T.D. for Tipperary South Tom Hayes has put forward a list of possible alternatives to increasing class sizes. The announcement comes in the wake of reports that the Department of Education & Skills is considering adjusting the national pupil teacher ratio from 19:1 to 20:1.
“I have contacted Minister Ruairi Quinn with a list of proposals that I feel should be given serious consideration ahead of increasing class sizes in this country. The majority of these savings come from increased efficiencies in our education system as well as focusing state funding for work schemes to primary and post primary institutions currently availing of temporary classroom accommodation” stated Tom Hayes T.D.
Mr Hayes continued - “It is my belief that as long as we have children being taught in prefabs in this country, those children and their building projects must take precedence over all others. The use of these prefabs costs the exchequer in the region of €29 million per annum and is neither cost effective nor beneficial to the students concerned.”
“It is also time we brought an end to some of the quangos operating in the field of education. Under the previous Government we saw the establishment of unnecessary and ineffective boards with vague mission statements. The National Educational Welfare Board, with responsibility for monitoring attendance levels in schools, has an annual budget of around €10 million and is a prime example of unnecessary waste. Their operating budget doesn’t even take into account the oversight costs incurred by various departments due to their existence.”
“The rationalization of programmes and the reintegration of some into the Department must be considered by the Minister in advance of Budget 2012. These moves would consolidate staffing numbers considerably. Other issues such as attendance levels can be delegated to individual schools better equipped to deal with their own individual situations.” remarked Deputy Hayes.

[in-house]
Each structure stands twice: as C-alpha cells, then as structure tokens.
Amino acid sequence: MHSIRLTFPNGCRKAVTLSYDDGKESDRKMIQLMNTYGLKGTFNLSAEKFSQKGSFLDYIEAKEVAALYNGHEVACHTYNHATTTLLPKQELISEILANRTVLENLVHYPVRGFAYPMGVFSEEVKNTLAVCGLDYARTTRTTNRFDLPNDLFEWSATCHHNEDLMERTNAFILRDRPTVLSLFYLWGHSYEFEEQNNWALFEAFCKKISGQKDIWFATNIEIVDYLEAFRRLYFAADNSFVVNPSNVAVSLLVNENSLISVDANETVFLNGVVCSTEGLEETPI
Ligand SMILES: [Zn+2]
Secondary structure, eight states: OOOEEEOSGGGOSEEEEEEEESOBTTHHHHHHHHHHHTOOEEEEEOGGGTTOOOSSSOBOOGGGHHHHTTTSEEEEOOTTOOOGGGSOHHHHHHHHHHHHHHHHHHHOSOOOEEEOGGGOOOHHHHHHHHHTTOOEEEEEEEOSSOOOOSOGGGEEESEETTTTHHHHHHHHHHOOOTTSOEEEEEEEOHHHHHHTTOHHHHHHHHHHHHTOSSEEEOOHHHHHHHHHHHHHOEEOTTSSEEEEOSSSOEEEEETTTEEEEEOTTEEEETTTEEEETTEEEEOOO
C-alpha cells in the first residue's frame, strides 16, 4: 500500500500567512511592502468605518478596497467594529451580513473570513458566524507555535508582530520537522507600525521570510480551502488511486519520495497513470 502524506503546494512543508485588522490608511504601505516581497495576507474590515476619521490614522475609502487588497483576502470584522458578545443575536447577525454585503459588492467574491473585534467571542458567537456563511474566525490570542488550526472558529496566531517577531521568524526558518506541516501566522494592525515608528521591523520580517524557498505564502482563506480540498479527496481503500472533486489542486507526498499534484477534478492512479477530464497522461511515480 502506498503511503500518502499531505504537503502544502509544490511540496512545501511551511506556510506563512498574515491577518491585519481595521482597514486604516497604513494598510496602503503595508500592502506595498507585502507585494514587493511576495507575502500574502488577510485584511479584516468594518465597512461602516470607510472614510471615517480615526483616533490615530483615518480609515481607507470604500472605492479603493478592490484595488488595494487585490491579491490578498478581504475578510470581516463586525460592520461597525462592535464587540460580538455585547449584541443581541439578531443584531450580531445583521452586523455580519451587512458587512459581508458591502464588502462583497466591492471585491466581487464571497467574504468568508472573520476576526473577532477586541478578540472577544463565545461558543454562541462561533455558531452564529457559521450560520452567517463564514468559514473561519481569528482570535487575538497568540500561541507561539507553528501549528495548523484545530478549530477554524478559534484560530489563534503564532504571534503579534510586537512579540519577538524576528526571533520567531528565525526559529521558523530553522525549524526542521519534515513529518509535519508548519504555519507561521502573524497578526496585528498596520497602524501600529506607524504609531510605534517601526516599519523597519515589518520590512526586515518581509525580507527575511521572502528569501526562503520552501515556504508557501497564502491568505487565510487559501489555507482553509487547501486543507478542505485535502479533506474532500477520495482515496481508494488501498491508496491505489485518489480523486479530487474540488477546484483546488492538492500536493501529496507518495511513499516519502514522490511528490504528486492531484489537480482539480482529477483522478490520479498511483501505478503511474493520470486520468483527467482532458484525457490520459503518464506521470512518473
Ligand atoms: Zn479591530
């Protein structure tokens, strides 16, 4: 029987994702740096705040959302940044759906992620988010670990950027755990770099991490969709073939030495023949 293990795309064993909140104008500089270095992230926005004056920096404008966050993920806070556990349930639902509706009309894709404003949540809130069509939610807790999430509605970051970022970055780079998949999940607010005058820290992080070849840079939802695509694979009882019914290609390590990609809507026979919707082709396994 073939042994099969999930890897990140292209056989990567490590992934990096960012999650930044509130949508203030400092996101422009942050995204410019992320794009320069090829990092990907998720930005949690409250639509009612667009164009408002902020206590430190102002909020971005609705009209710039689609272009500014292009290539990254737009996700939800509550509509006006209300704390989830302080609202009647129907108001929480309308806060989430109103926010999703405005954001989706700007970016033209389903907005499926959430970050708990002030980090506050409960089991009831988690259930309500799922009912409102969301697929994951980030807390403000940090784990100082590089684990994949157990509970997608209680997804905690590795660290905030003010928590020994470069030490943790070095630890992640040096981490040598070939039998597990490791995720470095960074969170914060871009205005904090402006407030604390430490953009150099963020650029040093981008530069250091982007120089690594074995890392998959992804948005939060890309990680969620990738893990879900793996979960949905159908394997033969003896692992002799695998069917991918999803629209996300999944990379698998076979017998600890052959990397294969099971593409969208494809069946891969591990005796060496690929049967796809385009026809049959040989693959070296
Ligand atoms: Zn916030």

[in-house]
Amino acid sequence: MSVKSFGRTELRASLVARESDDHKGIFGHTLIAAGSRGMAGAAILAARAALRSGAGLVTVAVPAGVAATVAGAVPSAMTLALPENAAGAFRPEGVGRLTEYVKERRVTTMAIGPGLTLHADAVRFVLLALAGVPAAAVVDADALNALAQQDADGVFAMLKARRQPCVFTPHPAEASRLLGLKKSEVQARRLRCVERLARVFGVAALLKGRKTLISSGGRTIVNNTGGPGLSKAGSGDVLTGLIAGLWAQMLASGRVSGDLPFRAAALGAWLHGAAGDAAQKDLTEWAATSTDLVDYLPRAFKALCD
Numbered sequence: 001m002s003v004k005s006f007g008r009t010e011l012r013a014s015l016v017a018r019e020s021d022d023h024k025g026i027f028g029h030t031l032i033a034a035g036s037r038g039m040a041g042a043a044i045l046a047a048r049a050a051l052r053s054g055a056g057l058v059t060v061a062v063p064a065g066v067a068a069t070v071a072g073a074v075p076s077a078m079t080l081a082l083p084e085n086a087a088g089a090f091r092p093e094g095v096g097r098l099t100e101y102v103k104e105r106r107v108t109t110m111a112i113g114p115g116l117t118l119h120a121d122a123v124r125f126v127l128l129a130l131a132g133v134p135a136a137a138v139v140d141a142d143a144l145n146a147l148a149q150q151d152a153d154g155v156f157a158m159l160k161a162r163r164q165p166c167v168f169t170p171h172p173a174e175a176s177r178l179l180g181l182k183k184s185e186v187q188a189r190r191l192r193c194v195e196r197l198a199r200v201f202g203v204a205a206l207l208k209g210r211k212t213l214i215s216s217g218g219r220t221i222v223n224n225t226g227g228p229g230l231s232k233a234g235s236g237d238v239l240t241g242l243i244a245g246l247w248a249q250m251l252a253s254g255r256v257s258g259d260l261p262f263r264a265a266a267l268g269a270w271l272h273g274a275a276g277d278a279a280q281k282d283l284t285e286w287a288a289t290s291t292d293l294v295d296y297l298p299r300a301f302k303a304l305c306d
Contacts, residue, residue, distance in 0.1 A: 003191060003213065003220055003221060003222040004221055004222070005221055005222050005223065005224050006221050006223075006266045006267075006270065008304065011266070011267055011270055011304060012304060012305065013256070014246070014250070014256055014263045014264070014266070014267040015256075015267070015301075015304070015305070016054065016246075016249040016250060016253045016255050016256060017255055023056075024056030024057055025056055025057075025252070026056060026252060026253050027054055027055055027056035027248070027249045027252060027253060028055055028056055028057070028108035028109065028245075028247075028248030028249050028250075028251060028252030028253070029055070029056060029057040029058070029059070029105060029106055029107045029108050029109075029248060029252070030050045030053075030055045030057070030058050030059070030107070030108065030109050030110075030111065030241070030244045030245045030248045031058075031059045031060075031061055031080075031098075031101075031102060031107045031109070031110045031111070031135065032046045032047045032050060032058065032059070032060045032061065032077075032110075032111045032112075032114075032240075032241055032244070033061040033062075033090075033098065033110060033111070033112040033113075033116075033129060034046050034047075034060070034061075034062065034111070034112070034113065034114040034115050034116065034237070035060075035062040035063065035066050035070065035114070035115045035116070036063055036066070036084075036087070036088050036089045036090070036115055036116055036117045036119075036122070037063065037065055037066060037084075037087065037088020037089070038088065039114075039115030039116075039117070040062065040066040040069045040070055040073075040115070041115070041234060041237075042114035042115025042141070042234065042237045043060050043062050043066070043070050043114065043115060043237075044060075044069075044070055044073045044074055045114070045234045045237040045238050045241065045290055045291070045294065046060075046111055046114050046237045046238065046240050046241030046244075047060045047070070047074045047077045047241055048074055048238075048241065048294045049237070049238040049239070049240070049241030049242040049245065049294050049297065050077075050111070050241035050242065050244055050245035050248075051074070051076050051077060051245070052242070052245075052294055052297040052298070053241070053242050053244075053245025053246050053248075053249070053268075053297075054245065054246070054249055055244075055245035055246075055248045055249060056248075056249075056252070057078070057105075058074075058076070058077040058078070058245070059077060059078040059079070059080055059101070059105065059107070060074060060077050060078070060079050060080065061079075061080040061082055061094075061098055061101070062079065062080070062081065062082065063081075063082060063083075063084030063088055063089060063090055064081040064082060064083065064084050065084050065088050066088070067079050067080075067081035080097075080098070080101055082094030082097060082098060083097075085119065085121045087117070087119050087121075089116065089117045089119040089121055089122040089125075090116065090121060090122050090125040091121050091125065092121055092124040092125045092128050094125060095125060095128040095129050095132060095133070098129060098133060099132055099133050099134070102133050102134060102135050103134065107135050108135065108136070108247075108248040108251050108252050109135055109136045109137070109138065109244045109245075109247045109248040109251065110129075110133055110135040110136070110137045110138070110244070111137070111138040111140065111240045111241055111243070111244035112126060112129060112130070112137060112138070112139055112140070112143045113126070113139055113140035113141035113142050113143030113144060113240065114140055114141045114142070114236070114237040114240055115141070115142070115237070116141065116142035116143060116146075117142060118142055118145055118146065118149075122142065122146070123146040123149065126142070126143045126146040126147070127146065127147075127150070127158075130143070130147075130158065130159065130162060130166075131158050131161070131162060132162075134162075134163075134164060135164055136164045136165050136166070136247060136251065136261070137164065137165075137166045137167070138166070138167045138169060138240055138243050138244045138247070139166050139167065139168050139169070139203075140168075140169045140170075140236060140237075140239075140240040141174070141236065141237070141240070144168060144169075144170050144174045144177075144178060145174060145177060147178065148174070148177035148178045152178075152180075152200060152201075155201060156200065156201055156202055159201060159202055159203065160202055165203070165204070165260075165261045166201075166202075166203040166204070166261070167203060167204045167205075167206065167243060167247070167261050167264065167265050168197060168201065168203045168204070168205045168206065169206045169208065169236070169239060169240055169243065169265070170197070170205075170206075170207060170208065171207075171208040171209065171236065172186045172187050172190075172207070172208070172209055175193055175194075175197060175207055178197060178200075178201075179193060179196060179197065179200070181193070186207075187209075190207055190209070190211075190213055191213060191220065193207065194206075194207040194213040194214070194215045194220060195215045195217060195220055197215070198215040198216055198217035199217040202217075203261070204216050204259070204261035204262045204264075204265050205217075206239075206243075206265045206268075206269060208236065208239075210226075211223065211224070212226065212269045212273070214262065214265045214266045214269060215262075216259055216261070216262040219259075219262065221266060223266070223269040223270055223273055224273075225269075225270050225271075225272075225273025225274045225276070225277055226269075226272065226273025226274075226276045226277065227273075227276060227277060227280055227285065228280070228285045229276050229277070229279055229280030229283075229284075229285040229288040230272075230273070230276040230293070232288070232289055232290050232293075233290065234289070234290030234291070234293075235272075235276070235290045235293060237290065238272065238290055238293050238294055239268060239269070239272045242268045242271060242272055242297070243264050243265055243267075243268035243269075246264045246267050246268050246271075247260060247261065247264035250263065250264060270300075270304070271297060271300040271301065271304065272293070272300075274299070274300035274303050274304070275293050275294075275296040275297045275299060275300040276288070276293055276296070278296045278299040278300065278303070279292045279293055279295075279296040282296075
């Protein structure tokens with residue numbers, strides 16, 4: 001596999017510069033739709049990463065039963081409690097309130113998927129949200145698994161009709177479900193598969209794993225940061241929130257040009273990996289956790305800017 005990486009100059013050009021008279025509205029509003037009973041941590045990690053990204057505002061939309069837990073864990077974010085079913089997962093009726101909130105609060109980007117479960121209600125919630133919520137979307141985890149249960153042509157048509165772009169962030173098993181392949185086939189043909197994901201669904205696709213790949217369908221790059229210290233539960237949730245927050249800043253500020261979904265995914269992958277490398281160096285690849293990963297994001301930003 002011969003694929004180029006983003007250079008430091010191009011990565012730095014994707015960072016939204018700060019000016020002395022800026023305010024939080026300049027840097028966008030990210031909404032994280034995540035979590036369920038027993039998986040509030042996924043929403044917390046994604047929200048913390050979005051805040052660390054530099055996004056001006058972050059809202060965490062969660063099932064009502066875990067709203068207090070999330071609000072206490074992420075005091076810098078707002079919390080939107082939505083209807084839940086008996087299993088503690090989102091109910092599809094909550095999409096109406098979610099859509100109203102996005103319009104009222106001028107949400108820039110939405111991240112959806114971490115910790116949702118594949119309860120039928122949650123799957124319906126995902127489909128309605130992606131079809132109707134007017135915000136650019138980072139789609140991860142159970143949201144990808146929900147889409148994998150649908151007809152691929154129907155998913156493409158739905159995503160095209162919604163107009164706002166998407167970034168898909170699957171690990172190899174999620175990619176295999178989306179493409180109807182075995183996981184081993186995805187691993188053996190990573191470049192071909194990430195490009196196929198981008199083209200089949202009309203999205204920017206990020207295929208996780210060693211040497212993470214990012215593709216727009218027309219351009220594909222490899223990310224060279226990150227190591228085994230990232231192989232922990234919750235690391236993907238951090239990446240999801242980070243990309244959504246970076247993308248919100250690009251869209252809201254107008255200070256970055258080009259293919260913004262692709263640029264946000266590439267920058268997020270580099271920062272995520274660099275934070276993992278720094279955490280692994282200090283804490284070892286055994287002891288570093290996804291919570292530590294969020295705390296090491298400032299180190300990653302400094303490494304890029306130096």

“It is my worry that any increase to the current staffing schedule could have a negative impact on the education of our children, particularly in rural areas. Given the likelihood that these increases would be implemented through natural retirement, many schools are at risk of losing subject specialists. For example if a school were to lose a dedicated Physics teacher to retirement, with no obvious replacement, we may see schools removing such subjects from their curriculum altogether.”
“That is why I have also proposed the possible introduction of an exemption scheme, which would ensure the retention of key subjects in schools right across the country. It is my belief that schools should be able to replace retiring teachers, regardless of the staffing schedule, in areas such as science and mathematics if the loss of that teacher could result in the loss of that subject.”
“I do recognize that savings need to be made, and the Department of Education & Skills is no different. However, given the importance of ensuring quality primary and post primary education, I believe the raising of the pupil teacher ratio across the board must be seen as a last resort.”